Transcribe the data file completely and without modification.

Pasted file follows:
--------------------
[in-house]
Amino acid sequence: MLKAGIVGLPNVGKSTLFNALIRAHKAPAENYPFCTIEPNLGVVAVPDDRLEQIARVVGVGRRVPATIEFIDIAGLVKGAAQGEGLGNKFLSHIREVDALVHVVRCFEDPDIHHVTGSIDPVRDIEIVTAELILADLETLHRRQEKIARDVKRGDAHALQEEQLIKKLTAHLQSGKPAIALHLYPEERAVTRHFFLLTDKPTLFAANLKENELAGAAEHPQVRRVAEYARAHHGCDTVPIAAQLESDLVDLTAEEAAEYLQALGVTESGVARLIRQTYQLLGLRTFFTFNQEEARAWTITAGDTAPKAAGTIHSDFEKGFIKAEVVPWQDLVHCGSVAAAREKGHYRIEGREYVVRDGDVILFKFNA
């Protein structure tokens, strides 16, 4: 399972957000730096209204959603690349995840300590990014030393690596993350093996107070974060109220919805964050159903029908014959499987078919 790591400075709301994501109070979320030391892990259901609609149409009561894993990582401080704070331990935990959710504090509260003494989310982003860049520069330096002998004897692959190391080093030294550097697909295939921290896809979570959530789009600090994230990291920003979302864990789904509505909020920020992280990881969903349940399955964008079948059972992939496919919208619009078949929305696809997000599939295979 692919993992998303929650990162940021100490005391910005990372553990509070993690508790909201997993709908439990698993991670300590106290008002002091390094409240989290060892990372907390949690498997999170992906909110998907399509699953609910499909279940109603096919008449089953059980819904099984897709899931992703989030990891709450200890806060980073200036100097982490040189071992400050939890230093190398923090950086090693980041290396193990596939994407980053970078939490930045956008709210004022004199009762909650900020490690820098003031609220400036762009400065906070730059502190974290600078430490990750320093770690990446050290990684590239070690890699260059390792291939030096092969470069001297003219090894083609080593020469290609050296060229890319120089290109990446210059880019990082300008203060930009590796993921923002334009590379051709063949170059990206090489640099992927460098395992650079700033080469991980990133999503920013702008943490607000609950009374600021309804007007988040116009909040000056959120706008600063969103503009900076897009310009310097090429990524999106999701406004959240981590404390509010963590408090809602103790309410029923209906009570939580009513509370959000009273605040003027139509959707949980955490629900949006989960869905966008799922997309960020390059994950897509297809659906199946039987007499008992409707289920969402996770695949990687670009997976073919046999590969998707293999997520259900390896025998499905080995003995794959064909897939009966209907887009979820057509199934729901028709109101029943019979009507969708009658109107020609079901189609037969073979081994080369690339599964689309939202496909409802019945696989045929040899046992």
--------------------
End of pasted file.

[in-house]
Amino acid sequence: MLKAGIVGLPNVGKSTLFNALIRAHKAPAENYPFCTIEPNLGVVAVPDDRLEQIARVVGVGRRVPATIEFIDIAGLVKGAAQGEGLGNKFLSHIREVDALVHVVRCFEDPDIHHVTGSIDPVRDIEIVTAELILADLETLHRRQEKIARDVKRGDAHALQEEQLIKKLTAHLQSGKPAIALHLYPEERAVTRHFFLLTDKPTLFAANLKENELAGAAEHPQVRRVAEYARAHHGCDTVPIAAQLESDLVDLTAEEAAEYLQALGVTESGVARLIRQTYQLLGLRTFFTFNQEEARAWTITAGDTAPKAAGTIHSDFEKGFIKAEVVPWQDLVHCGSVAAAREKGHYRIEGREYVVRDGDVILFKFNA
């Protein structure tokens, strides 16, 4: 399972957000730096209204959603690349995840300590990014030393690596993350093996107070974060109220919805964050159903029908014959499987078919 790591400075709301994501109070979320030391892990259901609609149409009561894993990582401080704070331990935990959710504090509260003494989310982003860049520069330096002998004897692959190391080093030294550097697909295939921290896809979570959530789009600090994230990291920003979302864990789904509505909020920020992280990881969903349940399955964008079948059972992939496919919208619009078949929305696809997000599939295979 692919993992998303929650990162940021100490005391910005990372553990509070993690508790909201997993709908439990698993991670300590106290008002002091390094409240989290060892990372907390949690498997999170992906909110998907399509699953609910499909279940109603096919008449089953059980819904099984897709899931992703989030990891709450200890806060980073200036100097982490040189071992400050939890230093190398923090950086090693980041290396193990596939994407980053970078939490930045956008709210004022004199009762909650900020490690820098003031609220400036762009400065906070730059502190974290600078430490990750320093770690990446050290990684590239070690890699260059390792291939030096092969470069001297003219090894083609080593020469290609050296060229890319120089290109990446210059880019990082300008203060930009590796993921923002334009590379051709063949170059990206090489640099992927460098395992650079700033080469991980990133999503920013702008943490607000609950009374600021309804007007988040116009909040000056959120706008600063969103503009900076897009310009310097090429990524999106999701406004959240981590404390509010963590408090809602103790309410029923209906009570939580009513509370959000009273605040003027139509959707949980955490629900949006989960869905966008799922997309960020390059994950897509297809659906199946039987007499008992409707289920969402996770695949990687670009997976073919046999590969998707293999997520259900390896025998499905080995003995794959064909897939009966209907887009979820057509199934729901028709109101029943019979009507969708009658109107020609079901189609037969073979081994080369690339599964689309939202496909409802019945696989045929040899046992």